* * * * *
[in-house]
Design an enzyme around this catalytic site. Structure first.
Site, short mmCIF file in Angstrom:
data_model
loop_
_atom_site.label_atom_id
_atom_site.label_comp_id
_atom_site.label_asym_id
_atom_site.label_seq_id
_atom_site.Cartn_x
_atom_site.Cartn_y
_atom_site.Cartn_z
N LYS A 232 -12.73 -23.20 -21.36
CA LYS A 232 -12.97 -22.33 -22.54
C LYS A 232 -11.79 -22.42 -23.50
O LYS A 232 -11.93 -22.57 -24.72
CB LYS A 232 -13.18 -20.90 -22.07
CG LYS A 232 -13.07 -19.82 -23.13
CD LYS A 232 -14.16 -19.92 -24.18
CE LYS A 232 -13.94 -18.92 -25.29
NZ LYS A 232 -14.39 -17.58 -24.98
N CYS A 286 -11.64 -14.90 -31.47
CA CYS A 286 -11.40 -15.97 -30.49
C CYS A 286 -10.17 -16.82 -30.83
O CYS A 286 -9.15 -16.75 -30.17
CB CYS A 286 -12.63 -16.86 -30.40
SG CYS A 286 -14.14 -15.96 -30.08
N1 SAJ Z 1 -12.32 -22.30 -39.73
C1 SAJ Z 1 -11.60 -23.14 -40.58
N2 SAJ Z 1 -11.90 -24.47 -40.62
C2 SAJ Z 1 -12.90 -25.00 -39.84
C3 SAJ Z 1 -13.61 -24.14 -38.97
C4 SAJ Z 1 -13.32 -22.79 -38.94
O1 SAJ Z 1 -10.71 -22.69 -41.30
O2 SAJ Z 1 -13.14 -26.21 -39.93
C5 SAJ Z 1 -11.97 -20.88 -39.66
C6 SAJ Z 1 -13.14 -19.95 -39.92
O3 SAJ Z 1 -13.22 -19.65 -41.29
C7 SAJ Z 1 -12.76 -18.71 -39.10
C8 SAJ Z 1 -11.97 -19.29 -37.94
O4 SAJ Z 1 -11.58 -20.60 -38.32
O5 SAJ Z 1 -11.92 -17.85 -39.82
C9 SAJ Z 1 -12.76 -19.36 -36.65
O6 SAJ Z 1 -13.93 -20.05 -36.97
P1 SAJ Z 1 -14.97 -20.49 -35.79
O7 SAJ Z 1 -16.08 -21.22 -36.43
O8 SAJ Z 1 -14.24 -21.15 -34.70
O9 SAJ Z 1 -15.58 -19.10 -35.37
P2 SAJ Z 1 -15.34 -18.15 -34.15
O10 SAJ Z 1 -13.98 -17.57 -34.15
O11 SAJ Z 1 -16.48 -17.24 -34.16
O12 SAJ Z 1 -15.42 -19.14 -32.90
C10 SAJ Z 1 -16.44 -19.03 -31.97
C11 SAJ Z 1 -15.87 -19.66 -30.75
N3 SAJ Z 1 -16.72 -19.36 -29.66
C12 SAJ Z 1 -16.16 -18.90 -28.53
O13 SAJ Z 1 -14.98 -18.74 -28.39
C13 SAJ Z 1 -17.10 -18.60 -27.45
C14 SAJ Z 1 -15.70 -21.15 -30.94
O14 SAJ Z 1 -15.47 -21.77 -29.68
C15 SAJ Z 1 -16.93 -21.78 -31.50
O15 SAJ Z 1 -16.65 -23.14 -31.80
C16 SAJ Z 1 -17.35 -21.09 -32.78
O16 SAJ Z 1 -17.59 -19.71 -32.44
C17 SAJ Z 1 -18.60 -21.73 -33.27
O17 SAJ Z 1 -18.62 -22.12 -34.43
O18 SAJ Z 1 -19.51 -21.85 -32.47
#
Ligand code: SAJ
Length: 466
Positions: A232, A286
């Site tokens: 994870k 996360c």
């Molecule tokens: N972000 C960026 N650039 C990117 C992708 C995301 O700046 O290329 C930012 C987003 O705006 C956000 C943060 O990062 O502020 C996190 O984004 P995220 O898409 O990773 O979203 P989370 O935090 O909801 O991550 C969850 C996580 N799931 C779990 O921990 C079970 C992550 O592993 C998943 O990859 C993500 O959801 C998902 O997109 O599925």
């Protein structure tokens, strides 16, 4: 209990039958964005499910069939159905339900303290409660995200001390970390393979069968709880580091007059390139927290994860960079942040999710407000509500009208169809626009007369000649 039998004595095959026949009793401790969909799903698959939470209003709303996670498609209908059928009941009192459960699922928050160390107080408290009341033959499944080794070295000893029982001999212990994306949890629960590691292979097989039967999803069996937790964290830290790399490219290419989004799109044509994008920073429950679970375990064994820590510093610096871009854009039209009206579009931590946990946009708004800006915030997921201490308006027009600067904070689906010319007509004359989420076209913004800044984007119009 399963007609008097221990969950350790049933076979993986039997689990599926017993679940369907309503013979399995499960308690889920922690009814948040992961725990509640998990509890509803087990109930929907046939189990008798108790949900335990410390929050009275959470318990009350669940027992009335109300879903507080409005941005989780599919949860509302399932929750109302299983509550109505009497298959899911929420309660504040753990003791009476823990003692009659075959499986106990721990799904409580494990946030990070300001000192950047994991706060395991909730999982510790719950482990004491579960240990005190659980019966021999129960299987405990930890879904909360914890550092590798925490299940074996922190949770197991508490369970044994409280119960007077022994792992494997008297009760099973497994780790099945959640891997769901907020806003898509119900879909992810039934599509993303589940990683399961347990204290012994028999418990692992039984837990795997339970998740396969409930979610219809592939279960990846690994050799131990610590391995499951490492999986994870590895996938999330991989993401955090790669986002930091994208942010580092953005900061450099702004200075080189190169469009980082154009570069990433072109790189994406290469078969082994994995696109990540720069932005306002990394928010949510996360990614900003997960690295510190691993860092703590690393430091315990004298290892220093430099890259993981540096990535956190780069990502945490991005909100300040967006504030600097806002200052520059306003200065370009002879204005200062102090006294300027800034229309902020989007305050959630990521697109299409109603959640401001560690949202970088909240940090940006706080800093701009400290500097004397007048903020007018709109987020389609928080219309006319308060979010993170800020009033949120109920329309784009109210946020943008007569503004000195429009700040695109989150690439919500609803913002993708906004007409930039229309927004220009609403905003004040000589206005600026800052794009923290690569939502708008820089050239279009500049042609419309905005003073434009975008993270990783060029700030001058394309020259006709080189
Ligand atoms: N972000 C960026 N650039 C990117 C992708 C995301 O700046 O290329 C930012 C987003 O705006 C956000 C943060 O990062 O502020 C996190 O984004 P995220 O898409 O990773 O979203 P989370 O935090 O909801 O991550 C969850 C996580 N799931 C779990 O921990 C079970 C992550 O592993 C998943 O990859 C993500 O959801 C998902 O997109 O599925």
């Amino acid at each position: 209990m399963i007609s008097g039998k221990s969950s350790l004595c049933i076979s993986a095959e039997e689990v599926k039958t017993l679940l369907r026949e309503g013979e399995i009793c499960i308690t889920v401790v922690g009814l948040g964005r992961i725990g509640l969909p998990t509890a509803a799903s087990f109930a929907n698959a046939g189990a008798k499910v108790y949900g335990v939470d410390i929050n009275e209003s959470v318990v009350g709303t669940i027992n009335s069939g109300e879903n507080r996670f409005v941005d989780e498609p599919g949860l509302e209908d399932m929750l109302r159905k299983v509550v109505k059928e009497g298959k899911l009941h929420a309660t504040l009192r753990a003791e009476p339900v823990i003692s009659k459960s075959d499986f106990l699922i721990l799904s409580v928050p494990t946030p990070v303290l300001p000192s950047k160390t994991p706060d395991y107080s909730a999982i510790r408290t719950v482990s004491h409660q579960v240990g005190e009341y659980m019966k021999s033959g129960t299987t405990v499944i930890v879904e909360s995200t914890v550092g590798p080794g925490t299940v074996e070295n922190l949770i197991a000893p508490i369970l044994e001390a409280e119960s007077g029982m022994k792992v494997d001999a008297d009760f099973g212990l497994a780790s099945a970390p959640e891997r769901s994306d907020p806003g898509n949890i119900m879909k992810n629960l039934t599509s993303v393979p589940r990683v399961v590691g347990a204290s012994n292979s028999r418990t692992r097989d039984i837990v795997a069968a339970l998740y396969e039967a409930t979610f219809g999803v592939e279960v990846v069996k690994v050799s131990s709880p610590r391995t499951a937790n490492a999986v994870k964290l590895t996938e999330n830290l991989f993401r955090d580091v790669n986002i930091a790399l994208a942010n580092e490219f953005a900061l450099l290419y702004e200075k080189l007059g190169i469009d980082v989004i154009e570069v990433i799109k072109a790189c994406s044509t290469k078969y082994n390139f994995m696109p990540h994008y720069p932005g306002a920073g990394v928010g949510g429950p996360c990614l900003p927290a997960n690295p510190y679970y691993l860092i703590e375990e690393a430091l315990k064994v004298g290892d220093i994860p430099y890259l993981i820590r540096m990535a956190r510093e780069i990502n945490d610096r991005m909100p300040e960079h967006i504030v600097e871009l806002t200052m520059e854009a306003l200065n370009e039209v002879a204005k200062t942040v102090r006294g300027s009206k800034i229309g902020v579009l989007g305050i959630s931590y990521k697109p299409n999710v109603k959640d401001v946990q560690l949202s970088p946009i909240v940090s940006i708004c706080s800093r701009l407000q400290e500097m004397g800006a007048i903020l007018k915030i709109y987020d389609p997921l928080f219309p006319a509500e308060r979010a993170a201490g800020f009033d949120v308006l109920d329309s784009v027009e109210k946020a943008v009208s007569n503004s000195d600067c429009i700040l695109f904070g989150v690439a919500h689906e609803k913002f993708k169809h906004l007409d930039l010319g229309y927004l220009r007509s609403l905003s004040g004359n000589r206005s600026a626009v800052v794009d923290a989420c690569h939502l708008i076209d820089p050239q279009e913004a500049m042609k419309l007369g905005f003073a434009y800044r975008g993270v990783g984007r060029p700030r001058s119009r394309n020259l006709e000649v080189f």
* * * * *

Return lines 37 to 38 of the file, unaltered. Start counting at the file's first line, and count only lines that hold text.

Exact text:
C6 SAJ Z 1 -13.14 -19.95 -39.92
O3 SAJ Z 1 -13.22 -19.65 -41.29